The van was parked, illegally, in front of Tiny’s mother’s autoparts shop, one of a long row of tiny autopart shops in Yanaka near the Daimyo-Dokei Clock Museum. It was that moment before twilight when the sky deepens to a royal blue and the streetlights glow but don’t illuminate, yet even against this propitious palette, Yuri looked positively green. She had a stomachache, a headache, and could scarcely hold still for two consecutive seconds. Yet try as she might, she’d been unable to wet her pants, merely releasing a few piddling drops insufficient to penetrate her panties, let alone register on the brand new denim of her overalls. She swore they were damp to the touch. Judging from his subtly increased air of imperturbability as he retreated into the shop to confer with Tiny, Takiguchi was beside himself. I kept camera three on Yuri just in case, but the day, for the most part, was a bust: the transmitter failed during Yumi’s take; camera two shot the wrong toilet; and Yuki’d already wet herself by the time the crew returned to the van. “I thought I was first!” she complained bitterly, holding the hem of the jumper’s soaked skirt away from the back of her thighs. The script called for her to wet her socks, not the skirt, and there was neither time for a rewrite nor a refill. Still the director gave her a voucher along with Yumi and the rest of the crew before packing them off in the other van.

He emerged from Tiny’s mother’s with an old pair of motorcycle boots, possibly Tiny’s from some prior stage of development as they fell several sizes short of his present shoe, though they managed to dwarf Yuri’s by as many sizes again when she donned them at the director’s behest. She could walk in them, just, buckling at the ankles with every precarious step. She stood wobbling on the sidewalk by the van’s sliding door while Takiguchi approached me as if to adjust my settings. “Camera three is camera one,” he said, cryptically. “Keep shooting no matter what.” When I asked what form we were following, he only replied: “Formless.” Then he returned to the green and wobbling Yuri. “Can you pee?” he asked. She shook her head despondently. “On the ground, I mean. Can you squat and pee on the ground?” Her face brightened considerably. “That’s easy!” she exclaimed, immediately becoming self-conscious of her candor, though far too worn out for genuine embarrassment. “Then it’s settled,” the director said. “Places!”

I stood on the sidewalk behind Yuri, to mitigate any unexpected foot traffic that might arise during the take, while Takiguchi stood in front, and the van shielded her from the scrutiny of passing motorists. Tiny slid behind the wheel and started the van.

“Cameras!”

Now the director knew perfectly well my camera was already rolling, so I could only assume that, despite the positively theatrical flourish he made of turning his own camera on, he also knew his camera wasn’t connected to a battery, and thus couldn’t be turned on. Yet he peered through the viewfinder, the way he never did with a digital camera, in great earnest; I half-expected him to start turning a non-existent crank.

“Action!”

On cue Yuri’s arms disappeared beneath her sweater to unhook her overalls, the fumbling haste with which she sought relief providing a reasonable facsimile of pee desperation. She glanced around nervously, still holding her overalls up, then hooking her thumbs into her panties and pulling both garments down in one deft maneuver as she squatted to pee. For several agonizing moments I filmed her asscheeks hovering in suspense before she finally let loose with a surprisingly thick golden arch, which spattered audibly on the sidewalk below. She gave vent to a loud sigh, almost a groan, and the spattering increased in tempo.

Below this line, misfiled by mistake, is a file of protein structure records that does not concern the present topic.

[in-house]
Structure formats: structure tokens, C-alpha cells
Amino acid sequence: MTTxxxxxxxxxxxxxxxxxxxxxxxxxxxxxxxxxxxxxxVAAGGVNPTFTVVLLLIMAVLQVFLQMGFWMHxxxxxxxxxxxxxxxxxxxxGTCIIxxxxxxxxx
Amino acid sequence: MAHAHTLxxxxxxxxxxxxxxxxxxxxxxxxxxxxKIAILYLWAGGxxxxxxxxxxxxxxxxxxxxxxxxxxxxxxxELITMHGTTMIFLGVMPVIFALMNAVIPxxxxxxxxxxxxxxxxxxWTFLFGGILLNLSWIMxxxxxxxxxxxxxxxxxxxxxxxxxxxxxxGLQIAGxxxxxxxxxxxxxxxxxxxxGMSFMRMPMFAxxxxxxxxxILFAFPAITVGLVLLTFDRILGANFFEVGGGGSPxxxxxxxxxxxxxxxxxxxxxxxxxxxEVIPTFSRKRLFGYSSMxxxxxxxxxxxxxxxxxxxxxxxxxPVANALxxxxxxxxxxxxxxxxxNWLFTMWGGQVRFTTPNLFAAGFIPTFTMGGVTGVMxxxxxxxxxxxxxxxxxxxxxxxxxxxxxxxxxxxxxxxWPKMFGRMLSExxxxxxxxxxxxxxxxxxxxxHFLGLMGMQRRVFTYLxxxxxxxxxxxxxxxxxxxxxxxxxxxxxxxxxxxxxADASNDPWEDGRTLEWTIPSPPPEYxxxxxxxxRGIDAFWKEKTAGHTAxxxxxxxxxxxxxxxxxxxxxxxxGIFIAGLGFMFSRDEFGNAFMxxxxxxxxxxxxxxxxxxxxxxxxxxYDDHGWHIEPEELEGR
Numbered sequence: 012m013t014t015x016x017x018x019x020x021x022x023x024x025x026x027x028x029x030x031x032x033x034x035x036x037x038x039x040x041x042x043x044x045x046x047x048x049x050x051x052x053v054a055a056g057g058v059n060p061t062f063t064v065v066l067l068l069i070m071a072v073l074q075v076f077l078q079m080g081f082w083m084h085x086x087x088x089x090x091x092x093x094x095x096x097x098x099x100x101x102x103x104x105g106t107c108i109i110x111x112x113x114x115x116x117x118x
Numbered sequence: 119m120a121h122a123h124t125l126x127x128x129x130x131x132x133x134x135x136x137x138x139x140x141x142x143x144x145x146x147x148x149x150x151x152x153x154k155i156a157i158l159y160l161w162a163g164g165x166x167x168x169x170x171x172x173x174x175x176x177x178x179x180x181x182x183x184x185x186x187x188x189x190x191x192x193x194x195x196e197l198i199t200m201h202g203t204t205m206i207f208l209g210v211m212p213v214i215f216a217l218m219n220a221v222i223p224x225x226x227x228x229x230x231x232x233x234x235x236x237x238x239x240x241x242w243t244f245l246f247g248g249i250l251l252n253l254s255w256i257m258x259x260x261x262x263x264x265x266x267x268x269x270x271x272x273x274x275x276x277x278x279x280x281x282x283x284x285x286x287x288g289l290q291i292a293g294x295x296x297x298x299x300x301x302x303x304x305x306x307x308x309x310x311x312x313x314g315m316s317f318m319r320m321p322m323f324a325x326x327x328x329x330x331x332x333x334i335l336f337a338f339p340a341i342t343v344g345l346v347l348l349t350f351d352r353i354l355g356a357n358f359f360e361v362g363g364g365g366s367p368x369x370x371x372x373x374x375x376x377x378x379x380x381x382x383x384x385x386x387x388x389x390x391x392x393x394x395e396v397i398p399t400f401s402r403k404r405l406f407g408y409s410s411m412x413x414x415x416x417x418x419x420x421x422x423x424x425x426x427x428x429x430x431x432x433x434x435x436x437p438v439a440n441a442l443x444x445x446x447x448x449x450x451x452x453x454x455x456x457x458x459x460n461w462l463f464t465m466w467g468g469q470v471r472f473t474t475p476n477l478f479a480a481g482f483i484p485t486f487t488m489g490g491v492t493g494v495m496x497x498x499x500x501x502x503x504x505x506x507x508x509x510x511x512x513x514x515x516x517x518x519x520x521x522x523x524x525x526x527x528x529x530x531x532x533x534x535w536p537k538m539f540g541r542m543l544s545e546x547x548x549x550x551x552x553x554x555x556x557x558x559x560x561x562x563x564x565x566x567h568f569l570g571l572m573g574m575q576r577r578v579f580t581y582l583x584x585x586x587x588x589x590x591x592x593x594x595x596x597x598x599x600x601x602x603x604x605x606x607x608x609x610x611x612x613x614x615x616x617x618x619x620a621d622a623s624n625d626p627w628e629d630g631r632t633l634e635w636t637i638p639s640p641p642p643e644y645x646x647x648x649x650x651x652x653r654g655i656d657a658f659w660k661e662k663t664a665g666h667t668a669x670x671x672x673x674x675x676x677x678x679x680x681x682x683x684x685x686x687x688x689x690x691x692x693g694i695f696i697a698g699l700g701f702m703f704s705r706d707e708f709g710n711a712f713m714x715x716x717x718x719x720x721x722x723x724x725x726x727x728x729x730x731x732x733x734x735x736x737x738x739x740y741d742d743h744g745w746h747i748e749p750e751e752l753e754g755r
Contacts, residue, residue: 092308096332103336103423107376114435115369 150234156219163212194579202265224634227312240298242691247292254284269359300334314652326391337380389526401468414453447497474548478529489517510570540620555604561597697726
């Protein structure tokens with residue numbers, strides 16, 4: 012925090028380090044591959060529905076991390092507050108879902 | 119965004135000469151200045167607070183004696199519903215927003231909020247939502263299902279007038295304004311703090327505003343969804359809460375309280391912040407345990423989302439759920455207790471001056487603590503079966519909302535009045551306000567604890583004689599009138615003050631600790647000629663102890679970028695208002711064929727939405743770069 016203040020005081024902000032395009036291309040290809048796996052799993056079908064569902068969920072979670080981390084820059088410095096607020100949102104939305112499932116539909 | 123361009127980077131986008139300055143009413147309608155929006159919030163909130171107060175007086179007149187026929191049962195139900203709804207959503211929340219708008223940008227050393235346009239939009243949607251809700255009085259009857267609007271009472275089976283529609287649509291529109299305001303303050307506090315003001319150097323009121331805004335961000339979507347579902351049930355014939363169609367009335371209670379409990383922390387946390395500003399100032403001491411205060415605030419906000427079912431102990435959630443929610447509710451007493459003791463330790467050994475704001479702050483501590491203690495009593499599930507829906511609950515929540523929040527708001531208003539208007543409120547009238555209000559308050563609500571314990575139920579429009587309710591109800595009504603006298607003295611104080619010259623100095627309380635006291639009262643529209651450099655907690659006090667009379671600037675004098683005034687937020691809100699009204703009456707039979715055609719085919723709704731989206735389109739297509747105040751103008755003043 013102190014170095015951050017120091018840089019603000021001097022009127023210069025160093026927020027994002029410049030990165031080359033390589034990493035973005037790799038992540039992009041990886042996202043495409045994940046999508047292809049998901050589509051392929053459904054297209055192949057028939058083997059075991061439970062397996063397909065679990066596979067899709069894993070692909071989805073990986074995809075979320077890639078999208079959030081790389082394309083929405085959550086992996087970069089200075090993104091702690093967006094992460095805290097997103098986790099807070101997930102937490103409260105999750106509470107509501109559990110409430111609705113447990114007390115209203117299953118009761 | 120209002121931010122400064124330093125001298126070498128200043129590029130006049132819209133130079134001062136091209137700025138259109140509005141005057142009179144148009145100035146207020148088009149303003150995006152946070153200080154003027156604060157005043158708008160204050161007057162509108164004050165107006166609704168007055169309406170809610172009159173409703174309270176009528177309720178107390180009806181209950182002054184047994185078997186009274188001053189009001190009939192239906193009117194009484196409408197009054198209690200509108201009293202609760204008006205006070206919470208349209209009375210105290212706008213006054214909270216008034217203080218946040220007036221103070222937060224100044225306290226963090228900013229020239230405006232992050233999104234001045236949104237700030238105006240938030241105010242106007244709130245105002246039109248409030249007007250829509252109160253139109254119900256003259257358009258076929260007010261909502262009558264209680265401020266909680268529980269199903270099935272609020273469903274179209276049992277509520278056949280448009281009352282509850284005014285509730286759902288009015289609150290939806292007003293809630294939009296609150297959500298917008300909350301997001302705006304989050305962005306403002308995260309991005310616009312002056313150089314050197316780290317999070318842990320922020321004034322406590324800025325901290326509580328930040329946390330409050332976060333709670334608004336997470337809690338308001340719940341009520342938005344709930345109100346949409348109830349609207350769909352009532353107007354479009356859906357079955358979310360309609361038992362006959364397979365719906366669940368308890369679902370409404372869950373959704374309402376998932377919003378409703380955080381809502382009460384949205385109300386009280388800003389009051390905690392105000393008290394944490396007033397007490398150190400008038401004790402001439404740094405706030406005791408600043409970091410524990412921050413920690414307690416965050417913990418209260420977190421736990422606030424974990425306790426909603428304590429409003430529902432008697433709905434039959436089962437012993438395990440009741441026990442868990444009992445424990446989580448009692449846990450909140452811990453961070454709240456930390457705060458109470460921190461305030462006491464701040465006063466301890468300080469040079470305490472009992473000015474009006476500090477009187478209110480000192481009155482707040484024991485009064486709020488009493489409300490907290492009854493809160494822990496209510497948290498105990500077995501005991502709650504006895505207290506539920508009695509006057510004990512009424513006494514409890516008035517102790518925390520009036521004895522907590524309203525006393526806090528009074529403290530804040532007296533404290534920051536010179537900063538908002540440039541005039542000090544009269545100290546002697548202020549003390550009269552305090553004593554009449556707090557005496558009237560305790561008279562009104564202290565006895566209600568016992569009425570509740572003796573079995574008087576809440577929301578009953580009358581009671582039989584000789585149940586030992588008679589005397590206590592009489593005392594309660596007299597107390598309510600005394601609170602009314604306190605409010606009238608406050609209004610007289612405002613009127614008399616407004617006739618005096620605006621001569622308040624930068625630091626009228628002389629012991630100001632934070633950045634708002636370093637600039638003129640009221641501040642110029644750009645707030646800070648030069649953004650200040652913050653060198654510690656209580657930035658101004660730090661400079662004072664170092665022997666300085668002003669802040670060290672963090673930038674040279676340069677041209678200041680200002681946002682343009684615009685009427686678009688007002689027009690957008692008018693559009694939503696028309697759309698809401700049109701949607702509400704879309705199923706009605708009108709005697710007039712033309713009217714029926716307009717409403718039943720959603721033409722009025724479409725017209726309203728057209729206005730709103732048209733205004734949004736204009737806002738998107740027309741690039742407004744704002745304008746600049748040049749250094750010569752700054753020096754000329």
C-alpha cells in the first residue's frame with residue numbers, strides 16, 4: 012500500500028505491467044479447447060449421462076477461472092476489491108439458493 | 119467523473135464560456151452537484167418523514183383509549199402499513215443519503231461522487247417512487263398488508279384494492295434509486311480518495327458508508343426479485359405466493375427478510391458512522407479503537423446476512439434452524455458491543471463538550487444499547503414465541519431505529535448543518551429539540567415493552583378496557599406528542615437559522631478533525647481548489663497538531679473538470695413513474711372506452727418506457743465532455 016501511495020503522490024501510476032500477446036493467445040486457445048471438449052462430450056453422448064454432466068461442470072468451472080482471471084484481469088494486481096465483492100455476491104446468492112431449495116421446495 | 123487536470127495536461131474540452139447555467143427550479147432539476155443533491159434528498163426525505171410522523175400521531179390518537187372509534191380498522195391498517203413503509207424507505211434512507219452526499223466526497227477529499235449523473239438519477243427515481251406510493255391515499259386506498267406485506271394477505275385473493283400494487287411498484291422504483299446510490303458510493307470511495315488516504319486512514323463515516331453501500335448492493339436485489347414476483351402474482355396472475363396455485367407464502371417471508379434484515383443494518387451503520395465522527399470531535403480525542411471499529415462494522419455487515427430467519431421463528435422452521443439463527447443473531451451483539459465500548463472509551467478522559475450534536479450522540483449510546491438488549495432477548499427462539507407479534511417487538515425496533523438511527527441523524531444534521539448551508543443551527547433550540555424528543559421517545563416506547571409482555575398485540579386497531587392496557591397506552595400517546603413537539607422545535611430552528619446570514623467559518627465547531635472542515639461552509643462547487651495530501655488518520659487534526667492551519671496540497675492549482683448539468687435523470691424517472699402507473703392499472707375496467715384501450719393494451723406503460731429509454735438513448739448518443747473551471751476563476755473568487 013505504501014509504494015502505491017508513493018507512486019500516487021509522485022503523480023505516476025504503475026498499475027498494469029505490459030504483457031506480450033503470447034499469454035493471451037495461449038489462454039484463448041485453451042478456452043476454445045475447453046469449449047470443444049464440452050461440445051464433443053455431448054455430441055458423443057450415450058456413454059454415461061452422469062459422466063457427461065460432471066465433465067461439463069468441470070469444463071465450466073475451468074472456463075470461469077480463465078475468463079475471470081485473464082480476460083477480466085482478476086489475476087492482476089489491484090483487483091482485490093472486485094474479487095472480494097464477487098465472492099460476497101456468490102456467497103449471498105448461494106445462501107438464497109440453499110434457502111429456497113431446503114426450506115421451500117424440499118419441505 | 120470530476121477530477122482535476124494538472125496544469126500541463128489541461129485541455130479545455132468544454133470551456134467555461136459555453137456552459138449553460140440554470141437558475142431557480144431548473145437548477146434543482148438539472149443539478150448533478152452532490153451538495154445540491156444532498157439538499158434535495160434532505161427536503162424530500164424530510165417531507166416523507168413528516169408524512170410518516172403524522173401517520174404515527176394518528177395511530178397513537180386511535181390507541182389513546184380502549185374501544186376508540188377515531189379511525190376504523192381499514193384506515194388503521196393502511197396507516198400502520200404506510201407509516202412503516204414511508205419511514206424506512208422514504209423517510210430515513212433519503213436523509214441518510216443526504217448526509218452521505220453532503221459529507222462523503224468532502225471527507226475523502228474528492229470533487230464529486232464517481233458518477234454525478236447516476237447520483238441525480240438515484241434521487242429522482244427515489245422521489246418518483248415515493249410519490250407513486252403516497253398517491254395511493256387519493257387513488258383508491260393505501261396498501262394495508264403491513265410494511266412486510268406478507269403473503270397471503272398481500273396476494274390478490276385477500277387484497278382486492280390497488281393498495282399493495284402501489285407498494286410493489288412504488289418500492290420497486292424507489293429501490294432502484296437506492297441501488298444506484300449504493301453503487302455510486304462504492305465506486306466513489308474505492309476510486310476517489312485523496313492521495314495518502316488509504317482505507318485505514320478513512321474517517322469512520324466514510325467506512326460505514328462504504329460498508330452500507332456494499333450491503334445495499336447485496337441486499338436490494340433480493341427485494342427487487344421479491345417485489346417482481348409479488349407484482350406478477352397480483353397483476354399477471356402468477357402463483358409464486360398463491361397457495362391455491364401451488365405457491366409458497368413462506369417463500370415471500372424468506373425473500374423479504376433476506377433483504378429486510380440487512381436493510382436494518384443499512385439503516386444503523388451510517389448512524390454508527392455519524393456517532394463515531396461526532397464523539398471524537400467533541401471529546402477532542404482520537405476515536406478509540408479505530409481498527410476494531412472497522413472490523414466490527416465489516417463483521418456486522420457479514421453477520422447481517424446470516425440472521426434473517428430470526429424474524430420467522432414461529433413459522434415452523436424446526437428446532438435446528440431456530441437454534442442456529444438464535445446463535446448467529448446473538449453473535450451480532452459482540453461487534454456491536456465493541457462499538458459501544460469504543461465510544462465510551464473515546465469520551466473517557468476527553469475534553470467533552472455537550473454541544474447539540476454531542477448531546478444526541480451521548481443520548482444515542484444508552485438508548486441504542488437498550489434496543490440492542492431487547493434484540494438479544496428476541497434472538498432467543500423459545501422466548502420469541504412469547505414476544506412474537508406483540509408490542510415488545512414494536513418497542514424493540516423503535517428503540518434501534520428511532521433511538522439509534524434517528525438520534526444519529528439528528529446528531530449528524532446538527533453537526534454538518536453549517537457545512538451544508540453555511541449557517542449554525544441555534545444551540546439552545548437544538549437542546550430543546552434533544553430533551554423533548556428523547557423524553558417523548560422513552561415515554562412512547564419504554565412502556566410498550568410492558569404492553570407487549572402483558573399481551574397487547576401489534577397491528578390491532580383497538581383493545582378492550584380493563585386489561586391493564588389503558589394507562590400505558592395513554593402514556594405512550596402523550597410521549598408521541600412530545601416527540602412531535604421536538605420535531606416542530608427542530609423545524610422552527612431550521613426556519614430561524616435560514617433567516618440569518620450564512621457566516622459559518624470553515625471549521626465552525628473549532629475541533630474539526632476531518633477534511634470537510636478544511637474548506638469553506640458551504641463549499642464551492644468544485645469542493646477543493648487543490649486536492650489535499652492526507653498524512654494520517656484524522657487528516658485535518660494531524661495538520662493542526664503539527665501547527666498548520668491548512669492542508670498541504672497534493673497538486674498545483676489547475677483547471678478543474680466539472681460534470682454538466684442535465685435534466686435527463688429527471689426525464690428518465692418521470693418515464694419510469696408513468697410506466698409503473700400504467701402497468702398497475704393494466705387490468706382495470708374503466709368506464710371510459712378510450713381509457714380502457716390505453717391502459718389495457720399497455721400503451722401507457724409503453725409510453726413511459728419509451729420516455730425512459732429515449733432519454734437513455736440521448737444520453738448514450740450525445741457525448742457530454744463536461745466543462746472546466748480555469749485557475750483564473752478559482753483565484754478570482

But at that very same moment, with a movement I can only characterize as swashbuckling, Takiguchi leapt onto the runningboard of the van, which lurched two vanlengths and as many autopart shops ahead, exposing the astounded Yuri to the equally astounded motorists of Yanaka. Yuri shrieked in protest, and, still peeing, scrambled after the van, which lurched further ahead before she could settle herself. Panicking, she pulled up her overalls, soaking them instantly as stood to pursue. But before she could reach the van, Tiny gunned the engine and sped down the street with the director still hanging off the side. The van rounded a distant corner, and, as there was no cover left, Yuri stumbled back to Tiny’s mother’s as fast as her awkward footwear permitted, attempting to conceal herself behind a plastic statue of Bibendum. She crouched there, stunned, staring down at her overalls in disbelief as she finished flooding them.

At length I heard the van pull up to the curb behind me. I expected Yuri to dive right in and hide, or possibly attempt some violence on Takiguchi’s person, but she simply stood and presented her saturated overalls to the camera for full inspection as she rehooked the straps beneath her sweater. She exhaled languidly, crossing her legs, seemingly absorbed in a spot on her boot. Otherwise she was expressionless. It was his symbol of delight. The director lit a cigarette. Takiguchi was delighted.

Garrett Caples is a poet and the author of The Garrett Caples reader, He lives in Oakland Ca.

Contributor

Garrett Caples

Garrett Caples is the author of The Garrett Caples Reader and Complications.